Pemanent Arbitration Court
The Permanent Arbitration Court was established at the Chamber in 1853. After an intermission, it restarted its activity in 1965 as a modern institution that settles corporate disputes. In the beginning, it dealt only with domestic legal entities. After Croatia had gained independence, the Court also assumed jurisdiction over international disputes involving both foreign legal entities and natural persons. Over the last ten years, more than 300 new actions have been brought. Among them, 40% have been international disputes involving parties from 25 different countries. The total value of claims in this period exceeds EUR 500 million. This testifies to the economic importance and trust that the Court has earned in solving complex and important commercial disputes. Arbitration is a method of dispute settlement in a “private” tribunal that substitutes regular litigation in official courts.
The basis of each arbitration is a voluntary agreement between parties, which means that they have included in their contract an arbitration clause that stipulates final settlement of possible disputes by arbitrators, persons in whom they have trust, instead in a court of justice. Arbitration decisions are final, with no possibility to appeal. Their legal force is equal to that of a regular state court. The Permanent Arbitration Court is not a separate court. It is a specific auxiliary service that assists parties and arbitrators in carrying out proceedings. Its basic tasks are assistance in establishing an arbitration tribunal that consists of one or more arbitrators appointed by the disputing parties as well as in providing conditions for a quick and proper execution of arbitration proceedings. The composition and work of the Court are regulated by its basic documents. The procedure in a litigation that has no international elements is regulated by the Rules of the Permanent Arbitration Court, while the Zagreb Rules (Zagrebačka pravila) apply in disputes with international character.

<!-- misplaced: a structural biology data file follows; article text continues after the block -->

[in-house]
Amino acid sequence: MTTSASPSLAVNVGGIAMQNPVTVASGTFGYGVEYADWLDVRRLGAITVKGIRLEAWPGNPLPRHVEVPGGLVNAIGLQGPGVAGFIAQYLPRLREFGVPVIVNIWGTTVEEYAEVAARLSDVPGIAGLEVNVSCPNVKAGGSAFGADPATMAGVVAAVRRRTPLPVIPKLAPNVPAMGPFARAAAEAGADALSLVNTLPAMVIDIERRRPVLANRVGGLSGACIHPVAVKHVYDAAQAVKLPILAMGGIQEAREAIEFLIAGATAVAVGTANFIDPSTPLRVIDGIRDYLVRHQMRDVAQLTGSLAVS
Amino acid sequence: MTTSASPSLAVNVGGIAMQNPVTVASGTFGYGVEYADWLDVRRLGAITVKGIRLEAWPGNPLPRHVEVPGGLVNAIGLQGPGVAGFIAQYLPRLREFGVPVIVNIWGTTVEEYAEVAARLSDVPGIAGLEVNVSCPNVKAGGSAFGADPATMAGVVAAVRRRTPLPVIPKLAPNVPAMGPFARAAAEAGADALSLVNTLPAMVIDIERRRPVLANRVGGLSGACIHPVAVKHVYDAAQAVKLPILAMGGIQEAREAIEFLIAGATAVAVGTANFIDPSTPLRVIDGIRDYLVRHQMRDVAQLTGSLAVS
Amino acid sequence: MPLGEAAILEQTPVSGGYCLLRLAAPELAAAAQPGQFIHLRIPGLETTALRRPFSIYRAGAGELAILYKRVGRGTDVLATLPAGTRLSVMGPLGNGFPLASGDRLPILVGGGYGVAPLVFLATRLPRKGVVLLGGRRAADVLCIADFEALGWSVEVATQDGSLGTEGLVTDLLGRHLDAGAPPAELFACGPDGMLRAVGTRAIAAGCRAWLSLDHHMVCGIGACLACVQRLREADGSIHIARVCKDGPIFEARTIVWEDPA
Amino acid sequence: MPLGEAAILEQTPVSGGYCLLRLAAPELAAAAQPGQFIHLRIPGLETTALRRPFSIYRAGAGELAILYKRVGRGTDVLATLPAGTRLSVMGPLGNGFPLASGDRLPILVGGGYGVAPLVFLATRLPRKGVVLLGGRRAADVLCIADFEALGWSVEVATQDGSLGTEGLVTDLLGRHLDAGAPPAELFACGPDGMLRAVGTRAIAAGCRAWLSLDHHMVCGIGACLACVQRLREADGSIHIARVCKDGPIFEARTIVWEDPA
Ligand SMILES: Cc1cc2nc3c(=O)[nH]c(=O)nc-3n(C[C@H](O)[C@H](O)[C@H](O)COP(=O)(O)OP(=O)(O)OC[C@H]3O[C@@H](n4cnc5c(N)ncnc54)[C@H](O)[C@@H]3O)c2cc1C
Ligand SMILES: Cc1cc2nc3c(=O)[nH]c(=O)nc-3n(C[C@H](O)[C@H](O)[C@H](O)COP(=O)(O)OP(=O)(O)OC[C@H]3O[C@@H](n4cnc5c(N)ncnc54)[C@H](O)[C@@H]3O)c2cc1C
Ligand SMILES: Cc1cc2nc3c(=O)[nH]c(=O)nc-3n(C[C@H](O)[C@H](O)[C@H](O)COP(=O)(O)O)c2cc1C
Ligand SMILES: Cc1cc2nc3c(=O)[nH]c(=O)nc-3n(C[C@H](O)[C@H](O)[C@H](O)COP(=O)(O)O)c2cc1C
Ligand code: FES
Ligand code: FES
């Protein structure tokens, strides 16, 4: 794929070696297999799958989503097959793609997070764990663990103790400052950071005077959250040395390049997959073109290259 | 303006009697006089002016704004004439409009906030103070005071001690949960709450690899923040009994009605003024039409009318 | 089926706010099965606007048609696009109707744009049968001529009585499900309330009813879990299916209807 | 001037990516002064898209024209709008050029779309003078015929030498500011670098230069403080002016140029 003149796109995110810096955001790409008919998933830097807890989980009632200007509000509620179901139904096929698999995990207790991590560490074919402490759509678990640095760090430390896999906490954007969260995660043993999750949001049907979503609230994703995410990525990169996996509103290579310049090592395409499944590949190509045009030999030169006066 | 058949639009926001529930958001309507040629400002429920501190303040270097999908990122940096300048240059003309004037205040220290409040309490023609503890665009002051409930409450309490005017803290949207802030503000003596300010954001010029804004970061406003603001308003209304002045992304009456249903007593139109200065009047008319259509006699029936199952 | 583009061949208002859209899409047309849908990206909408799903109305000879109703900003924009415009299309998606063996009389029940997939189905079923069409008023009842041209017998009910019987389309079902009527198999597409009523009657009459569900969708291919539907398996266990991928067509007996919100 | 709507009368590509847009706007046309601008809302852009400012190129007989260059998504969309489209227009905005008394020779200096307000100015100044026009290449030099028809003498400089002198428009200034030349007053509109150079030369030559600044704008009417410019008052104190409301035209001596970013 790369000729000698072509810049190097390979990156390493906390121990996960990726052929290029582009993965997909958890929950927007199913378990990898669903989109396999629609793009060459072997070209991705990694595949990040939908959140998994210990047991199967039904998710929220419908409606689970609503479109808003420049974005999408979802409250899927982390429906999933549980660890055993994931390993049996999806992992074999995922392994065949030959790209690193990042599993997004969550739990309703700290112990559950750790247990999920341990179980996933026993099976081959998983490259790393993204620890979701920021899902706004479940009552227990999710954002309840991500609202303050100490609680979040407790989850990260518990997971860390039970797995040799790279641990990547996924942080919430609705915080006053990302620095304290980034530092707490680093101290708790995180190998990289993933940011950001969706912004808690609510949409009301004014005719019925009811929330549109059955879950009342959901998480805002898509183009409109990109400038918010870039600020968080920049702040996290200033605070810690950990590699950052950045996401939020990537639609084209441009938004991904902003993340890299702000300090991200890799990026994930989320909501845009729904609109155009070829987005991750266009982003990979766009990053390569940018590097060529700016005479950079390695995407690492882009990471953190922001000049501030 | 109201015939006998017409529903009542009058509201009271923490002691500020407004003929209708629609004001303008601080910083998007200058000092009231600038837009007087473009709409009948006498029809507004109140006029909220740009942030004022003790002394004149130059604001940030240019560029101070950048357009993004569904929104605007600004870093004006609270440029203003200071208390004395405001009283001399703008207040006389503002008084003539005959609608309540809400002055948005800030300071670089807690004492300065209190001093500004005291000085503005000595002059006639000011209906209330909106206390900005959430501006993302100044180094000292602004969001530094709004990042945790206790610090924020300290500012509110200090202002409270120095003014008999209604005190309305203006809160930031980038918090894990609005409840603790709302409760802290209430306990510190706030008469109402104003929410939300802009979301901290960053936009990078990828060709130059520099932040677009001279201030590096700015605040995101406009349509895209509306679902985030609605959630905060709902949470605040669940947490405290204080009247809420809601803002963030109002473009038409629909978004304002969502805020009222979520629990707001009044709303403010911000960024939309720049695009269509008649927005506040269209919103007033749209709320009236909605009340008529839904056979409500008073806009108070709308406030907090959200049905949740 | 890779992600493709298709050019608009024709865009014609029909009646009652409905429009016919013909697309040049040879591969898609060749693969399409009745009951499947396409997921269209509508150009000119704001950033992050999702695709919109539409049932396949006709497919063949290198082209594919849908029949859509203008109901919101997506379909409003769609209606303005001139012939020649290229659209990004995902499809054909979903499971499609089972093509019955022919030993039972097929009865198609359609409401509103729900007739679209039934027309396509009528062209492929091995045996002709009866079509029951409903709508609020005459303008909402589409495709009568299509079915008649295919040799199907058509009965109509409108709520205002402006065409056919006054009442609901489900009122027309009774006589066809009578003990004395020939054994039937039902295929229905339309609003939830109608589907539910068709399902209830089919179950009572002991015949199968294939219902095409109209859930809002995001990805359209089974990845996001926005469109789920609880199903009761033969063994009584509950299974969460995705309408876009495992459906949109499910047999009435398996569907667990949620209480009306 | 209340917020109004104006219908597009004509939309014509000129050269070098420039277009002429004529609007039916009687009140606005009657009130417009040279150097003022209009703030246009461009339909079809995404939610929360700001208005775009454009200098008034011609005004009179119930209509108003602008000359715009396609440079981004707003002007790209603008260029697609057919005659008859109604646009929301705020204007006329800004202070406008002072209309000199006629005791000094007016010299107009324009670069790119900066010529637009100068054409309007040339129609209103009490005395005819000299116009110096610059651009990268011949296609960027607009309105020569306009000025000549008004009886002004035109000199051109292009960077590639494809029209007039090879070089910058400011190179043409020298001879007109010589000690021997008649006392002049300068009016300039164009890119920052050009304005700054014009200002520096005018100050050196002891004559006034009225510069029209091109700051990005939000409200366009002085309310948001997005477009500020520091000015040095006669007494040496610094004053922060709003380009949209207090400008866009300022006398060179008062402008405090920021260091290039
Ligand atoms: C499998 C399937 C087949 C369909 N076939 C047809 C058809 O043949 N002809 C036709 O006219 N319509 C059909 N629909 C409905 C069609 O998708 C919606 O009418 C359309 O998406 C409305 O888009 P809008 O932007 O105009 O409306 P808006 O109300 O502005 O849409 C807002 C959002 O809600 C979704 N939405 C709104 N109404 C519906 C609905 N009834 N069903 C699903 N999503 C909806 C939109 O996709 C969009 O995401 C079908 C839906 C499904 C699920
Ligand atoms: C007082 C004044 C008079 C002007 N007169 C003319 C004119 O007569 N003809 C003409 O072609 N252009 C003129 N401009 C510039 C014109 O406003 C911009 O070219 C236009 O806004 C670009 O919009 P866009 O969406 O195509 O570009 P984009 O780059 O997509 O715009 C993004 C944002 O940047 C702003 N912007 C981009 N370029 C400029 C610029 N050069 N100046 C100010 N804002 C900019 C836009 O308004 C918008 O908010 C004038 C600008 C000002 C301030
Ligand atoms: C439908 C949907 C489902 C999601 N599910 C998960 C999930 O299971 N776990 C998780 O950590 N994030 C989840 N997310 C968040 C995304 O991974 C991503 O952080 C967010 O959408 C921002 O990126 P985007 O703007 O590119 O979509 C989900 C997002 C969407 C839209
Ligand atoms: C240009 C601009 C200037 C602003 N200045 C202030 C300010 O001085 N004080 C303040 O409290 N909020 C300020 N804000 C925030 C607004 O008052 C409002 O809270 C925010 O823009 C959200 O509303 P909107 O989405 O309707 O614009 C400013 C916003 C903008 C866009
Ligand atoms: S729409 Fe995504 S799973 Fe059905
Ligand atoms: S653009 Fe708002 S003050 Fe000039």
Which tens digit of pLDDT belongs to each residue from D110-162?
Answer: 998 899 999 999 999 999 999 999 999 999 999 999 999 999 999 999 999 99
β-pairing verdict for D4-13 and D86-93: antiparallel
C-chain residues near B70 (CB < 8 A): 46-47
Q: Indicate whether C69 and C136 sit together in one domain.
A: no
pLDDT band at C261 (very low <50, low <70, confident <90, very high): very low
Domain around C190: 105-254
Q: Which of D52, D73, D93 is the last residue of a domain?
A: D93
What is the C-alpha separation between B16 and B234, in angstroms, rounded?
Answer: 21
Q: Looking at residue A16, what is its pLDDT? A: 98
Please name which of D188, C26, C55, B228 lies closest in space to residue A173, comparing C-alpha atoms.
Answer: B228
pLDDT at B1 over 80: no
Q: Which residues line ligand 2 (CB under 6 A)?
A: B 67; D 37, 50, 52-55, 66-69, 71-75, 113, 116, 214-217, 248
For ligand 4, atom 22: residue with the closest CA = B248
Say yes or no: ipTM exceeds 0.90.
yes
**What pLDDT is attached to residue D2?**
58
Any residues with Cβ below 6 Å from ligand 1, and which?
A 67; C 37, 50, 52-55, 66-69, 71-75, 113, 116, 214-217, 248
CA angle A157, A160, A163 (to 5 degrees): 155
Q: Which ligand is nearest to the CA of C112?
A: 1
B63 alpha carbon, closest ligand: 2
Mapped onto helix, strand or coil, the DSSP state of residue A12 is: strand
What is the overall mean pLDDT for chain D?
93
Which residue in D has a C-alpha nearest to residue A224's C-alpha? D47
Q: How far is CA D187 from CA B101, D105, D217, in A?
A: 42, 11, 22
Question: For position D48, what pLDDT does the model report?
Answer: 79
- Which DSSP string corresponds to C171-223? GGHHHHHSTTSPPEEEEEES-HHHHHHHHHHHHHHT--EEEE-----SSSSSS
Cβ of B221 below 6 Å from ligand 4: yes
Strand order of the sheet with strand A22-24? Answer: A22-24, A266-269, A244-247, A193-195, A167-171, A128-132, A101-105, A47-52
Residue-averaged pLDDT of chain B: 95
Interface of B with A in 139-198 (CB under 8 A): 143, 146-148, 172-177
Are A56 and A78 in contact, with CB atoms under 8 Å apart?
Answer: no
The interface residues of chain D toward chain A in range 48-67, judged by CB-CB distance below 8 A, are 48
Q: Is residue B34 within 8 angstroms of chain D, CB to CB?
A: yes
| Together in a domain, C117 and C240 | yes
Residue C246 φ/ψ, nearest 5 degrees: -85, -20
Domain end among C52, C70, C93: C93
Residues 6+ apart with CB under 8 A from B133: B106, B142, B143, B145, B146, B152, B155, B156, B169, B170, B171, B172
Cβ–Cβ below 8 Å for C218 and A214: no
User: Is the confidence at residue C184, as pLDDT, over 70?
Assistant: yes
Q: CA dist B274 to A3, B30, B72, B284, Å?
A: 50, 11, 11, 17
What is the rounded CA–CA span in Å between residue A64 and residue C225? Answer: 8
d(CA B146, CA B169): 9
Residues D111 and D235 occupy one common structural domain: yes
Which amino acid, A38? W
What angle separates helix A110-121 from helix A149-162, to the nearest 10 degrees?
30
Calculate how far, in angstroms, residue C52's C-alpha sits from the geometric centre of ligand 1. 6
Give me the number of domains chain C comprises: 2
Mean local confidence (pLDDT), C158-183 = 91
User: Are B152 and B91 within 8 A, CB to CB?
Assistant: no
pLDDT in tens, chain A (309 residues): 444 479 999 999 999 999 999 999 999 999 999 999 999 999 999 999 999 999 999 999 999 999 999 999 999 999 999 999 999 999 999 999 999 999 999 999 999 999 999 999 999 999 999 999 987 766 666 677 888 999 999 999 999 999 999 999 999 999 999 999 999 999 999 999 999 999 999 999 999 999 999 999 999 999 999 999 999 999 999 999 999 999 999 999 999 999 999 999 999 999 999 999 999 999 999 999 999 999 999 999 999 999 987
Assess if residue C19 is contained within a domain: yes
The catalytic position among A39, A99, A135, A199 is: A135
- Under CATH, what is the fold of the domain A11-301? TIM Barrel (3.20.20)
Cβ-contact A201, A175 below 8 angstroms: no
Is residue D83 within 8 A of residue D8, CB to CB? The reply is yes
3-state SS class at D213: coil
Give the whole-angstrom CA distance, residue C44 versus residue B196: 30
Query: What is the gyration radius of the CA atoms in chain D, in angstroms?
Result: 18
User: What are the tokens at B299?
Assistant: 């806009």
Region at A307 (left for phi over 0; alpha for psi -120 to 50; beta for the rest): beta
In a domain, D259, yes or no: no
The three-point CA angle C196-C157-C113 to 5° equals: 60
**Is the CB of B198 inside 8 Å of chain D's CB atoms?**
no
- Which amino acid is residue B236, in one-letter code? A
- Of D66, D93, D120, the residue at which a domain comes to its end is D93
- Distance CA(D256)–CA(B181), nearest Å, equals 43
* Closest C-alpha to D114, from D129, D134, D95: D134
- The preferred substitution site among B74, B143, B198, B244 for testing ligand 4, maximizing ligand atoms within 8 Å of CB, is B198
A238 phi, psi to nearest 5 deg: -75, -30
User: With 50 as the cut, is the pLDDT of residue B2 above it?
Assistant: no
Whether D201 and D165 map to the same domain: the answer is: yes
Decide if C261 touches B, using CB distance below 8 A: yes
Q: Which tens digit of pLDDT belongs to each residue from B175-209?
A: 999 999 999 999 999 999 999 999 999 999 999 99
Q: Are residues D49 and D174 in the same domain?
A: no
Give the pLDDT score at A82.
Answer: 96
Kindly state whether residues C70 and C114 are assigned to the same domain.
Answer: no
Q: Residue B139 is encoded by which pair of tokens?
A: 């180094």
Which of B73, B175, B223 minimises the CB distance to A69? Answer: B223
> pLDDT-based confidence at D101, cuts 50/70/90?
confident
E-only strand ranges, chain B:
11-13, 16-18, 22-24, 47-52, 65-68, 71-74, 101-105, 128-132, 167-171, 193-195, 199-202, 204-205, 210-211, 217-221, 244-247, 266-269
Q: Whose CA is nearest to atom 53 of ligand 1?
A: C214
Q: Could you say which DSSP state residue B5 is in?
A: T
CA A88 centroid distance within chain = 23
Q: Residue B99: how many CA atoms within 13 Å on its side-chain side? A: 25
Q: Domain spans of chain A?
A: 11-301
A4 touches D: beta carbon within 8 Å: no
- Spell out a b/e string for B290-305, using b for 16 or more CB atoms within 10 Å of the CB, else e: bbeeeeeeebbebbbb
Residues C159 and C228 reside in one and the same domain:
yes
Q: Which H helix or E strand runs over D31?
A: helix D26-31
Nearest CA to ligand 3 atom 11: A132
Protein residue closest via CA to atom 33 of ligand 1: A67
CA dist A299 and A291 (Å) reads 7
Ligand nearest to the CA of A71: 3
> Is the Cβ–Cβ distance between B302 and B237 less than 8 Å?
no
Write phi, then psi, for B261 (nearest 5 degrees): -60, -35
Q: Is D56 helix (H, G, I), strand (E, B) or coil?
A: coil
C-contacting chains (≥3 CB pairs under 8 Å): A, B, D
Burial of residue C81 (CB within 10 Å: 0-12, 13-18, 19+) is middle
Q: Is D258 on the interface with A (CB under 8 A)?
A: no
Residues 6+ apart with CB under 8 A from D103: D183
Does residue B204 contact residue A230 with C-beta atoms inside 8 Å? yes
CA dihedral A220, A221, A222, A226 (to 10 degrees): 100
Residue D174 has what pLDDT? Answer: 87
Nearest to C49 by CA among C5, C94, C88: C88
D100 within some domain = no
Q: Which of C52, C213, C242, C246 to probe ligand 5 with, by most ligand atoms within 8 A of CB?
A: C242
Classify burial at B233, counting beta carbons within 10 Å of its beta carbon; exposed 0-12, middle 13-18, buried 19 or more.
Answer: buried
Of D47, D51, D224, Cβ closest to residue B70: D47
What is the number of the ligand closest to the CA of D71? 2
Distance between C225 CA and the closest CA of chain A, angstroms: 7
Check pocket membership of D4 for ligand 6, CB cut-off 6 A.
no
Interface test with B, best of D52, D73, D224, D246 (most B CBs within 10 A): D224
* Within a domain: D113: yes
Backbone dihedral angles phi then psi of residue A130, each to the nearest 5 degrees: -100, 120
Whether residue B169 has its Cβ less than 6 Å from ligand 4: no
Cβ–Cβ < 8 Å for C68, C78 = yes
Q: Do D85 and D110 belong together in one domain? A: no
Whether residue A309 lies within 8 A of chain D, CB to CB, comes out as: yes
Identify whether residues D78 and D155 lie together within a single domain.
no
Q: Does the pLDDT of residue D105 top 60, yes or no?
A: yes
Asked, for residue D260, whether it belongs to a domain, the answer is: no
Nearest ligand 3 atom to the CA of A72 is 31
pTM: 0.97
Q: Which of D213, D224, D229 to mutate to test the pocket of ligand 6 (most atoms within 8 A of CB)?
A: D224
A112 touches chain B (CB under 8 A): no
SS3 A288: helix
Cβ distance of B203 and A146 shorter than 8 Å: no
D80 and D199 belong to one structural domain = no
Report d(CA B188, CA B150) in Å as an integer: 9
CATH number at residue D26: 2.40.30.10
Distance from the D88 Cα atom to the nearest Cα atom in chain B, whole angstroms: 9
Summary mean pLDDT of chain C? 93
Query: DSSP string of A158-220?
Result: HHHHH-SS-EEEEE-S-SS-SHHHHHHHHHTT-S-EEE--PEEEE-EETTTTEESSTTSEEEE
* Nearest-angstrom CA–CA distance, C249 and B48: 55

The lists of the Permanent Arbitration Court from which parties may choose their arbitrators include about 150 Croatian and foreign legal experts. In addition to arbitration proceedings, the Court also organises commercial conciliation procedures. As of 1994, the Court has been publishing the Croatian Arbitration Yearbook, a periodical in English, which has become the leading international arbitration publication in Croatia and the region. Over the last eleven years, the Court has been organising an international arbitration conference in December – Croatian Arbitration Days. On the international level, the Court co-operates with a number of foreign and international organisations. Co-operation agreements have been concluded with eight eminent arbitration institutions. The Court regularly exchanges experience with institutions from neighbouring countries.